March 26, 2004
In hawking his book and testifying before the commission investigating the September 11 attacks, former counterterrorism boss Richard Clarke testified that the Bush administration largely ignored the threat from al Qaeda prior to the attacks. Under softball questioning from a Democratic member of the September 11 panel, former Rep. Tim Roemer, Mr. Clarke asserted that there was "no higher" priority than fighting terrorism under former President Clinton, but that the Bush administration "either didn't believe me that there was an urgent problem or was unprepared to act as though there were an urgent problem." << 96 months/Clinton vs 8 months/Bush >>
But Mr. Clarke's assertions are contradicted by his own words. National Review editor Rich Lowry, for example, points out that, in his book, Mr. Clarke writes that forcing through a Middle East peace agreement was a higher priority for Mr. Clinton than retaliating for al Qaeda's attack on the USS Cole.
Moreover, in a Sept. 15, 2001, e-mail to National SecurityAdvisorCondoleezza Rice, Mr. Clarke outlined some of the major steps taken by the Bush administration in the summer of 2001 to put the nation on a higher alert footing in an effort to prevent a possible attack.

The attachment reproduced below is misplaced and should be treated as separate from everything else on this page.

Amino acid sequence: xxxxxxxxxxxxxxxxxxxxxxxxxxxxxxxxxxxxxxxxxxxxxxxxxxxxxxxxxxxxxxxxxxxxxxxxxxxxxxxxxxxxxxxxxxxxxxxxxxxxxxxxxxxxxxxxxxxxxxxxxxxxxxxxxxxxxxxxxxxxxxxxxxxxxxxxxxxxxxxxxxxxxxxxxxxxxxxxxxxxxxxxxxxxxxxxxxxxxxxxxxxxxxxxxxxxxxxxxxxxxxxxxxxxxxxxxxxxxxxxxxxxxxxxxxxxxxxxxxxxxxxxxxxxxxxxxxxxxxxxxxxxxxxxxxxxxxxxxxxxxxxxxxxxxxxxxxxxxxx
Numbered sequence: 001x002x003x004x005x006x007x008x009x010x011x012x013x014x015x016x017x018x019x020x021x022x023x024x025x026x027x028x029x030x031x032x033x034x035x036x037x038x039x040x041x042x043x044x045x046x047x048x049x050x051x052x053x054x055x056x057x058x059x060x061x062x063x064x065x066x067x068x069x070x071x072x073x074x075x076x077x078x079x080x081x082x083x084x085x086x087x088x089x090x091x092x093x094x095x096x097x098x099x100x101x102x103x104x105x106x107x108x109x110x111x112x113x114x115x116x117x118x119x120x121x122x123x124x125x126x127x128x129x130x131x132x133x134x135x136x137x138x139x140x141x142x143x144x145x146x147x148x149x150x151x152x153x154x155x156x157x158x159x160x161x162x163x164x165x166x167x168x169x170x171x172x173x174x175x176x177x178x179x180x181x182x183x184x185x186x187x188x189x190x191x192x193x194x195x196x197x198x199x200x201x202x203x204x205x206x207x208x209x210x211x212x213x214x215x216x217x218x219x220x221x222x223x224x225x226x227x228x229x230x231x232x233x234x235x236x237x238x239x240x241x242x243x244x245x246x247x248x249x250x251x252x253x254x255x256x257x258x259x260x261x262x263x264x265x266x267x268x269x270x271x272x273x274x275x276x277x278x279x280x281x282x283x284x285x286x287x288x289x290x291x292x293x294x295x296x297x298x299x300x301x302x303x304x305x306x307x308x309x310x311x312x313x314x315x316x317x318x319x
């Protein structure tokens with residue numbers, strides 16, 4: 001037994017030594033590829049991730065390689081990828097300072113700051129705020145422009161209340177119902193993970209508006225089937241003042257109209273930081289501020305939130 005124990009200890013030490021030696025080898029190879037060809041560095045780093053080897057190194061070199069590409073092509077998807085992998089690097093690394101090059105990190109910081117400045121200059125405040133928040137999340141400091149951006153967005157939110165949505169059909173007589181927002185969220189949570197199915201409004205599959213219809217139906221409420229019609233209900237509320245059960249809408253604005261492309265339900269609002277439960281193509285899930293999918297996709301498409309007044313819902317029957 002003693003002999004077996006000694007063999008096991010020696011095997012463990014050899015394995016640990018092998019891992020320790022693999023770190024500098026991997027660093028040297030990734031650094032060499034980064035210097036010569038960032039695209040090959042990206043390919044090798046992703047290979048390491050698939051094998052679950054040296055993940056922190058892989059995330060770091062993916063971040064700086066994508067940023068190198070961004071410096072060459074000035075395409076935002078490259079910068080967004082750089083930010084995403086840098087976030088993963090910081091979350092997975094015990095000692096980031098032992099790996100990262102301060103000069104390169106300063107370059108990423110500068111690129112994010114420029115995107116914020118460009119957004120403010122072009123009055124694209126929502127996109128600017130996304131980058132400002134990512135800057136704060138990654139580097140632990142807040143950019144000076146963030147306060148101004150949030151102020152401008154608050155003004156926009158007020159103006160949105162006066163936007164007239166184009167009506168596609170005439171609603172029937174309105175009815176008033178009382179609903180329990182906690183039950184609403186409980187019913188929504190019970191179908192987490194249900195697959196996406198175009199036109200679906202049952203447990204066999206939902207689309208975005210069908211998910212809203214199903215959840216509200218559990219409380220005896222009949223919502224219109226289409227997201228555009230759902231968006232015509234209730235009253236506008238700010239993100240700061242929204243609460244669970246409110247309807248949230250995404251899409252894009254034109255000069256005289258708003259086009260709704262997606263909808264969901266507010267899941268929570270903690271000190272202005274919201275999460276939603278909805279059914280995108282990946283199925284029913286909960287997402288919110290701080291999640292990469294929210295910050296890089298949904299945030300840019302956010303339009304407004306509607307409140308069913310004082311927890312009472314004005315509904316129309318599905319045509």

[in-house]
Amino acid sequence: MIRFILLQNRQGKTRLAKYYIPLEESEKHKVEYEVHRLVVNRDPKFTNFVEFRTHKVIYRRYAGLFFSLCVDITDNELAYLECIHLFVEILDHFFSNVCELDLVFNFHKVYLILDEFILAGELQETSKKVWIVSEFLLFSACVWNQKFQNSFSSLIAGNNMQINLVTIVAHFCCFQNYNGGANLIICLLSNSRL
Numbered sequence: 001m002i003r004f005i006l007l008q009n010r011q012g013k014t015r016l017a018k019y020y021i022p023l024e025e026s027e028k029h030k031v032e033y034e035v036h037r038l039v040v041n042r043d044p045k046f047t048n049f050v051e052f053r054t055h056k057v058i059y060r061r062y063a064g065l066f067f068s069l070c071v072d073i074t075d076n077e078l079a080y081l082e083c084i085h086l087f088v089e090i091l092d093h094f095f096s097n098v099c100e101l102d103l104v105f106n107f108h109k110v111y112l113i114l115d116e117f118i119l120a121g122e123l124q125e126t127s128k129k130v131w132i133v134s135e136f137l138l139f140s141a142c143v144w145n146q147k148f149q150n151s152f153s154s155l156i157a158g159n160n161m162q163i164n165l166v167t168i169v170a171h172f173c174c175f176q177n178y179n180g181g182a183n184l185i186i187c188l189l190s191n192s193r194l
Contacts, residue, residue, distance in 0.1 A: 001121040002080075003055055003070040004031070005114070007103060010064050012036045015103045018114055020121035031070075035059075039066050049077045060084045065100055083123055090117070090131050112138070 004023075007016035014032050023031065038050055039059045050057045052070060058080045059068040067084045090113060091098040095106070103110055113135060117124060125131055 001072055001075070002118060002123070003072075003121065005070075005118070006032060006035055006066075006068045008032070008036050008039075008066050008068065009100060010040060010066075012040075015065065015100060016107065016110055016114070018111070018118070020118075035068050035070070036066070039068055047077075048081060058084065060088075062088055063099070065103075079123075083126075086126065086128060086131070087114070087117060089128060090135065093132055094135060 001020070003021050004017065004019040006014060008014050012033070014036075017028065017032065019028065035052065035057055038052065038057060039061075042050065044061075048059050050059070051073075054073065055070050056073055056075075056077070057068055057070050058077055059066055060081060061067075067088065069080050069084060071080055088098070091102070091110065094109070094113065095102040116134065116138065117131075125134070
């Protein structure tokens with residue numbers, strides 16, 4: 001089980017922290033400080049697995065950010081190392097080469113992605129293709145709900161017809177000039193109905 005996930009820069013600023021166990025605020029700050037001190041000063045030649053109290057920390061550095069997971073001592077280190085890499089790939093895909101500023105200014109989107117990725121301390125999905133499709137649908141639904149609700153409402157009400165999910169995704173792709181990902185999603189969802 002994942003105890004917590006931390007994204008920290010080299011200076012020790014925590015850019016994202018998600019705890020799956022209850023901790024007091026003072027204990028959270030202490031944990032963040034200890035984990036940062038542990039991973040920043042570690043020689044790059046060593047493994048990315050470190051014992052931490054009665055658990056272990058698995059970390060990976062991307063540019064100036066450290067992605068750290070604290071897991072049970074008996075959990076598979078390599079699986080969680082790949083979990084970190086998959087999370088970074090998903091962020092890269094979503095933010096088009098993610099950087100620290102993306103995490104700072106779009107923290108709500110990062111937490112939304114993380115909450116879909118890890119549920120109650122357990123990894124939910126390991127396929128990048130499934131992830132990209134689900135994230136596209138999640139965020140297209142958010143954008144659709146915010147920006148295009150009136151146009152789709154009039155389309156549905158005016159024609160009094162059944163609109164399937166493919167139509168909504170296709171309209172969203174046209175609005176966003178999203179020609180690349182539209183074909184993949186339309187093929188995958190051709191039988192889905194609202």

Mr. Clarke noted, for example, that on July 5, 2001, representatives of federal law enforcement agencies -- including the FBI, the Secret Service, the Federal Aviation Administration, the Customs Service, the Coast Guard and the Immigration and Naturalization Service -- were summoned to a meeting at which they were warned of a possible al Qaeda attack. "Thus, the White House did ensure that domestic law enforcement (including FAA) knew" of the possibility "that a major al Qaeda attack was coming and it could be in the U.S. ... and did ask that special measures be taken," Mr. Clarke observed in his e-mail to Miss Rice.
More damning to Mr. Clarke's credibility, in an August 2002 background briefing for journalists, reported Wednesday by Fox News, he explained in greater detail all the steps that the Bush administration took prior to September 11 to deal with the growing threat from al Qaeda (see below).